John Hawks introduces a new paper in Current Biology with a not too surprising conclusion on male chimpanzee behavior and coalition forming. The title, “Male chimpanzees exchange political support for mating opportunities,” is pretty descriptive. The abstract gives us a bit more,

Male chimpanzees, Pan troglodytes, differ from males in most other mammalian taxa because they remain in their natal communities throughout their lives, form close bonds with one another, and cooperate in a range of activities. However, males also compete fiercely for status within their groups and, and high rank enhances male reproductive success. Males rely partly on coalitions to achieve and maintain status, and shifts in male alliances can have dramatic political effects. It is not known what benefits are obtained by low-ranking coalition partners. Here we report that the highest-ranking (alpha) male in one well-studied community of chimpanzees rewarded his allies by allowing them preferential access to mates.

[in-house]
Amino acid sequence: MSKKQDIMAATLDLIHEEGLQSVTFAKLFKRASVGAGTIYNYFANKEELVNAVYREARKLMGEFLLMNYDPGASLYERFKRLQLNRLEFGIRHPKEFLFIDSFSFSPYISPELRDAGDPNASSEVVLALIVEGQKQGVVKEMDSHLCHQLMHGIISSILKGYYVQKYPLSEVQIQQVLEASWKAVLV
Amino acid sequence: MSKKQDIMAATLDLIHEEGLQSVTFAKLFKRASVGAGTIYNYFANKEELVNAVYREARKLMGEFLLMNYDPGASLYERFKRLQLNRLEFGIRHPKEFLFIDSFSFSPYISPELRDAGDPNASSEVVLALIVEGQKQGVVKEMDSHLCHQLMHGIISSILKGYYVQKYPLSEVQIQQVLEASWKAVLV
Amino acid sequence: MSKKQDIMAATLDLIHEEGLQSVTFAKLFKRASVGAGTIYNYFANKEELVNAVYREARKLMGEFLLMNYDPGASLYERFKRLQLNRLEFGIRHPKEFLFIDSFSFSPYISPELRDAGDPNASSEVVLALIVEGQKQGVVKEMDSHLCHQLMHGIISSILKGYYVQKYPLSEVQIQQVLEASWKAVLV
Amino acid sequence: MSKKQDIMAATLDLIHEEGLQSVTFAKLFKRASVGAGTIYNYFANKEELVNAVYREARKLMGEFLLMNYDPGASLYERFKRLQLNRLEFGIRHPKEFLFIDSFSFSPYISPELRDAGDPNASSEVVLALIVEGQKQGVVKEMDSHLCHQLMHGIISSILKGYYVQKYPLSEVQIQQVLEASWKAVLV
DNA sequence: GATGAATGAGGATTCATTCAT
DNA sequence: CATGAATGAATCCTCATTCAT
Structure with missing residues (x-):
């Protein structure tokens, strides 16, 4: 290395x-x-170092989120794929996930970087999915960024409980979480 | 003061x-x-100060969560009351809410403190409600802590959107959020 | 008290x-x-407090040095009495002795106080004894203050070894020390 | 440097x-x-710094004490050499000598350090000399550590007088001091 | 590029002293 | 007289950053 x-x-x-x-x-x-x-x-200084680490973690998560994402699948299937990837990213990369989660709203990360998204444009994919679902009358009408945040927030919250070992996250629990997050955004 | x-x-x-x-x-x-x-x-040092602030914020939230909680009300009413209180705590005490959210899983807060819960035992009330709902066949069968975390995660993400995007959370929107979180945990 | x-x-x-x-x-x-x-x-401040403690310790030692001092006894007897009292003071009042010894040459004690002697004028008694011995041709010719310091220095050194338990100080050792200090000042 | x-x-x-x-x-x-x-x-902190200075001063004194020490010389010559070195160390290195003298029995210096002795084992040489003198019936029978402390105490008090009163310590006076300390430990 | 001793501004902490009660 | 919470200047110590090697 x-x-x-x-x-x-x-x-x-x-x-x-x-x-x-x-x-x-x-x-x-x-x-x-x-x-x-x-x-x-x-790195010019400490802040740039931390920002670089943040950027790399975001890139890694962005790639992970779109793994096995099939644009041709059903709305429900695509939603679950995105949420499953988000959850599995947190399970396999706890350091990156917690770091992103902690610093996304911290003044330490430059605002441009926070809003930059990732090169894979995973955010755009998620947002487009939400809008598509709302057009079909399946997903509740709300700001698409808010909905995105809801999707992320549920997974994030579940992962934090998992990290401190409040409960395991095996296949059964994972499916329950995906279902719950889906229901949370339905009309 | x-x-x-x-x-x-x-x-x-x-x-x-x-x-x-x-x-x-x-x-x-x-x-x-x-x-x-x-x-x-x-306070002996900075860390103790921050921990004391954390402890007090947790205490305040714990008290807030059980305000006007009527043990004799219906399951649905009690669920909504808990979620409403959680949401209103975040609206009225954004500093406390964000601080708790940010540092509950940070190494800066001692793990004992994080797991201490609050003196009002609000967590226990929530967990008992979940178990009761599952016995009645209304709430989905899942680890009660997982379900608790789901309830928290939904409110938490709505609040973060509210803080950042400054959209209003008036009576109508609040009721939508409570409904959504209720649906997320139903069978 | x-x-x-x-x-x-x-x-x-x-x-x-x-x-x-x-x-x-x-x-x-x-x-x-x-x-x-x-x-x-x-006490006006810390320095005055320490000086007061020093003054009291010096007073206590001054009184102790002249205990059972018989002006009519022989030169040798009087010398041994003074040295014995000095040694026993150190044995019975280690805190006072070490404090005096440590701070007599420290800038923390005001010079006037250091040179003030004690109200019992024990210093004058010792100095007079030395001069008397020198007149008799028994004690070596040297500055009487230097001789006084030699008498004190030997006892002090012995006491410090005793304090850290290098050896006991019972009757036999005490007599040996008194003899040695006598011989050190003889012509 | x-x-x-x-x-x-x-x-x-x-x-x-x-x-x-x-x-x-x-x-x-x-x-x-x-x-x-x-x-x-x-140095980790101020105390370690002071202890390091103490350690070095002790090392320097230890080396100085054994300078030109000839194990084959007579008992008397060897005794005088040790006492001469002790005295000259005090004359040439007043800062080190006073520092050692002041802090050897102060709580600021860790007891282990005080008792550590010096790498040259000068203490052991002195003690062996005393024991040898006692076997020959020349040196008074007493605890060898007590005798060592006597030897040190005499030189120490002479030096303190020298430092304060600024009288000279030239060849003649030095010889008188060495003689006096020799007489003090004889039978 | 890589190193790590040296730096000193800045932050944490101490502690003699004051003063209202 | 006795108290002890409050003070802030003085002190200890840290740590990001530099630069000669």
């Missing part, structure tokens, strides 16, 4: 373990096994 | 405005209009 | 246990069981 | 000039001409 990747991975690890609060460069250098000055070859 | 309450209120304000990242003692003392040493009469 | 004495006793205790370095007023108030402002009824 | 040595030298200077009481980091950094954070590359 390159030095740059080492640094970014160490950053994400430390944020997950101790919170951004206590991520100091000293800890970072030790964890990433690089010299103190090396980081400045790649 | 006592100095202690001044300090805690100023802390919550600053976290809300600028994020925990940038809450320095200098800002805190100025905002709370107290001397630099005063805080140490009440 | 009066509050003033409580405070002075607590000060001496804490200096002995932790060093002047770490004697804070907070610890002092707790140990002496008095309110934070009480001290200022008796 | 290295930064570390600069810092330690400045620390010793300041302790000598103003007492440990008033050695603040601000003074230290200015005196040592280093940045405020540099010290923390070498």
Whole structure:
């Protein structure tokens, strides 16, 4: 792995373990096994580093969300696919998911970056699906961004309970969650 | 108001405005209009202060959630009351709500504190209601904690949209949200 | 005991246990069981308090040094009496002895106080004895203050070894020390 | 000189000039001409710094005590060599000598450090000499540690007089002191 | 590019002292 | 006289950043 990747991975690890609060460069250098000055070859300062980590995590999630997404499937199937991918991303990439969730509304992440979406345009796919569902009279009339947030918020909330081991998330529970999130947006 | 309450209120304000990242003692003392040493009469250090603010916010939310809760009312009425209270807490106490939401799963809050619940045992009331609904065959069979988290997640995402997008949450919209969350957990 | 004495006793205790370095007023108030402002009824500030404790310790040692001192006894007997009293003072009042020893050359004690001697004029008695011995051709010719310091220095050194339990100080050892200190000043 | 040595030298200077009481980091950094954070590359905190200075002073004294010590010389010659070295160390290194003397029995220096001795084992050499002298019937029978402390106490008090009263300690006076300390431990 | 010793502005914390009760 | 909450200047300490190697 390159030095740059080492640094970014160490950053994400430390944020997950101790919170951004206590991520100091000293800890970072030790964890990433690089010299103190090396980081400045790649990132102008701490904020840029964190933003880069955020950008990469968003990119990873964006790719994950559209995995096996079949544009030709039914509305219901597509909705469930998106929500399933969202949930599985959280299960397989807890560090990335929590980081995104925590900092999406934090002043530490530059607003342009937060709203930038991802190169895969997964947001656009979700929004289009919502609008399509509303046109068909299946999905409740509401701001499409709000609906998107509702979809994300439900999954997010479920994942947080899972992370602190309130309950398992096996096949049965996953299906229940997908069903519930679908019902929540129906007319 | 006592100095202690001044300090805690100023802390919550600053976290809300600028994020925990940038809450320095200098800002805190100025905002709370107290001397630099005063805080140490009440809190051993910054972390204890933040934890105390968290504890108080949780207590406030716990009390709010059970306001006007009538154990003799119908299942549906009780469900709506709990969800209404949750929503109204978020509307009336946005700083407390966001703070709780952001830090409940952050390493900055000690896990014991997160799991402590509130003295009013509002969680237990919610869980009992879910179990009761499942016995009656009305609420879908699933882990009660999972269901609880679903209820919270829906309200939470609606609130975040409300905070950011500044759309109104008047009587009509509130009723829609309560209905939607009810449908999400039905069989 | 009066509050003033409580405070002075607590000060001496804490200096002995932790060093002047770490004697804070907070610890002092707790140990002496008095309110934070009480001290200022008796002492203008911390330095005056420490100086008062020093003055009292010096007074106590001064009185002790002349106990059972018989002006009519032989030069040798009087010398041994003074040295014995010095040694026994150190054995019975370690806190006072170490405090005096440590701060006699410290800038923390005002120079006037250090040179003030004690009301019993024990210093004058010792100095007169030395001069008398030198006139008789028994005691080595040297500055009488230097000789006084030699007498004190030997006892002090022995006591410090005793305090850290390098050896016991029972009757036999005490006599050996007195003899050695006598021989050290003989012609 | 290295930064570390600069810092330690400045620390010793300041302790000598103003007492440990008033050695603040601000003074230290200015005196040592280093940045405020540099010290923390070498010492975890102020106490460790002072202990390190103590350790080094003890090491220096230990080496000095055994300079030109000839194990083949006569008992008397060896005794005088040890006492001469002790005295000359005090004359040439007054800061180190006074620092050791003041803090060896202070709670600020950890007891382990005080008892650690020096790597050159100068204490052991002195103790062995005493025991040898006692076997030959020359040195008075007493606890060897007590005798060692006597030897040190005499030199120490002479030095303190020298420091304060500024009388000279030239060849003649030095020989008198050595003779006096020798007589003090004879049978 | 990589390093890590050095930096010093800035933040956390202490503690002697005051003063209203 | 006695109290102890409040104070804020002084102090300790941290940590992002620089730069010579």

The chimps that were studied in the 22 month period of observation, are the Kanyawara community of chimpanzees. Observing ten males,

“the alpha male in the Kanyawara community selectively tolerated mating by his allies and exchanged mating tolerance for support in conflicts. The alpha male in this community was a singularly important trading partner because of the disproportionately high value of his mating tolerance.”

So there you have it, male chimpanzees lower in rank to the alpha form coalitions with the alpha to gain access to mating. For the alpha male, having some wingmen, ensures his status in the pecking order as well as boosts his access to mate. Everyone wins.

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